Hayden Thorpe’s strange voice was a shock on their debut album, Limbo Panto, but by Two Dancers it seems that they’d perfected their craft, balanced their sound and won over a few naysayers. The vocal duties are shared between Thorpe and bassist Tom Fleming, with Fleming’s deep and sandy delivery tempering the expressive sounds of Thorpe. The best moments come in the opening triple salvo. 'Fun Powder Plot' is bubbling pop-funk, 'Hooting & Howling' is a lean and dynamic tune with infectuous guitar lines, and 'All The Kings Men' gently pummels you. Later on Two Dancers (ii) is a beautiful, delicate, ballad.  The album ebbs and flows in a rather refined way. This is odd, given that Fleming described the recording process as being ‘more slapdash’ than Limbo Panto. It certainly doesn’t sound that way: Two Dancers is a perfectly paced album.

Blood Orange - Freetown Sound

Blood Orange is Londoner Dev Hynes who made his name in indie noiseniks Test Icicles and as singer/songwriter Lightspeed Champion. 2016’s Freetown Sound is his standout record. Named after his father’s hometown of Freetown in Sierra Leone, it was inspired by and written for marginalised groups of people and dealt with race and sexuality.  

Freetown Sound is an essential, impressive and immersive collage of funk, electronica, hip-hop, lo-fi and pop. Highlights include 'E.V.P', a punchy pop groove featuring Debbie Harry on vocals, the soulful 'Hadron Collider' with guest vocals from Nelly Furtado, and lo-fi closer 'Better Numb'.

Elliott Smith - Either/Or

Either/Or was released on Kill Rock Stars in the US and Domino in the UK. It was Elliott Smith’s third album and was the highpoint of his tragically-curtailed career. The intimate atmosphere of Smith’s earlier work was present, but the arrangements here were more ambitious and complex. The production values were upped, just enough, and, well, the songs are great. Smith’s ability to create such power whilst retaining a relatively hushed delivery is one of his great strengths. This all resulted in a stunning, emotionally affecting album. A few of the tracks were chosen by director Gus Van Zant to appear on the soundtrack to 'Good Will Hunting', which shot Elliott Smith to fame and earned him a major label deal.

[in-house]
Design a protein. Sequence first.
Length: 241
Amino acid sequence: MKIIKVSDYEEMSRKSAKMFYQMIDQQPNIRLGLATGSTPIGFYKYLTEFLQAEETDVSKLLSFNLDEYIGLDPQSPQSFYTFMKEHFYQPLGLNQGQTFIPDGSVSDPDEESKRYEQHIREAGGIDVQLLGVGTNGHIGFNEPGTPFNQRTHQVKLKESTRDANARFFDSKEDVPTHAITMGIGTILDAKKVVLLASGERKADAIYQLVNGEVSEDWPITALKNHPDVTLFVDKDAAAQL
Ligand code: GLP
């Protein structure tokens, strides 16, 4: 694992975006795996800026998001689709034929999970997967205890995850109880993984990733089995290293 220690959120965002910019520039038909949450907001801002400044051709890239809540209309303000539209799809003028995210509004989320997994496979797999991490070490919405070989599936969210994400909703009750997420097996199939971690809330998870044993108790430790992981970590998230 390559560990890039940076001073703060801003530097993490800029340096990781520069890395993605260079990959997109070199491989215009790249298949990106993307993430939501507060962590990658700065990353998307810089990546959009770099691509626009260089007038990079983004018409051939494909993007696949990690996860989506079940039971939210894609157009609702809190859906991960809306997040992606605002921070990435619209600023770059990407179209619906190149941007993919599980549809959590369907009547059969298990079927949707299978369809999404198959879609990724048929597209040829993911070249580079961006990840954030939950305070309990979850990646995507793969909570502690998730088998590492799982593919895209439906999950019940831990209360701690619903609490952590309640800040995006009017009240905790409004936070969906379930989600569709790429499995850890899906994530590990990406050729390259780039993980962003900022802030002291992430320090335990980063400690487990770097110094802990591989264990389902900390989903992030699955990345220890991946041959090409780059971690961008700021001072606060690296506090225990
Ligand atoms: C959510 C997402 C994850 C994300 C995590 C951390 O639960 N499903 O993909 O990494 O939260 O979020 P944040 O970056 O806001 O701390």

Four Tet - Rounds

Rounds was Four Tet’s second album for Domino. Comprised entirely of samples, it begins with the ominous heartbeat...of a dog. It then opens out into the glorious tumble of free jazz and sparkling sounds we now readily associate with Kieran Hebden’s work. The skittering beats and fragile string bends of 'She Moves She' are interspersed with buzzing sounds that cut through the track. The buzzes unsettle at first, but then become almost catchy. The album’s centrepiece is 9-minute epic, Unspoken. A slow hip-hop beat is surrounded by increasingly psychedelic sounds which eventually yield to melancholic piano piece. The funky 'As Serious As Your Life', a track led by a guitar riff, adds a necessary liveliness to proceedings. In between all this there’s restful ambience, clattering bells, strings, beeps and post-rock. A classic.

Real Estate - Days

Days was the second album by Real Estate, originally released in 2011. A beautiful collection of hazy, summery pop that stands up to repeated (and repeated, and repeated) listens, it's the album for evoking feelings of an early evening beach walk. Slight breeze in the air, warm enough to be wearing a t-shirt...just a nice feeling. The guitar interplay between Martin Courtney and Matt Mondanile results in cyclical riffs that seem beautifully endless.  And the melodies, man, they grow and stick to your brain like barnacles. All this is executed with a seemingly effortless grace. We dare you to listen to 'Green Aisles' and then try not to listen to it again.

Dirty Projectors - Bitte Orca

Brooklyn’s Dirty Projectors are a clever band. That said, when pressed on the matter, front man David Longstreth actually claimed to hate clever bands such as Steely Dan, Yes and Frank Zappa. Dirty Projectors have been compared to all three, of course, but you can also hear The Beatles, The Beach Boys, Talking Heads, elements of noise rock and classic rock in their sound. It's like they’ve taken most music that’s ever existed, cut it up and stitched it back together in a blissful way. And that seems like the best way to describe their magnificent album Bitte Orca: vocal melodies veer all over the place; time signatures bend; instruments pop in and back out; genres are dismissed and blended beyond recognition.

Arctic Monkeys - Tranquility Base Hotel + Casino

For their sixth album, Arctic Monkeys surprised pretty much everyone by transforming themselves into a sort of cosmic lounge band. This was to the chagrin of much of their fanbase, but intrigued the more adventurous listener and made sceptics like our good selves give the band another go. For Tranquility Base Hotel + Casino is a real change of gear - a pleasing mish-mash of everything from Bowie to The Beatles to Prefab Sprout, and all the better for it. If, like us, you were wondering where those formative Eagles influences went, check out the harmony vocals on 'Four Out Of Five'. And if you're still not convinced that this turn to the weird side is genuinely interesting, Alex Turner also presents a different take on his Scott Walker influence - previously displayed by his side-project Last Shadow Puppets.

We love these too...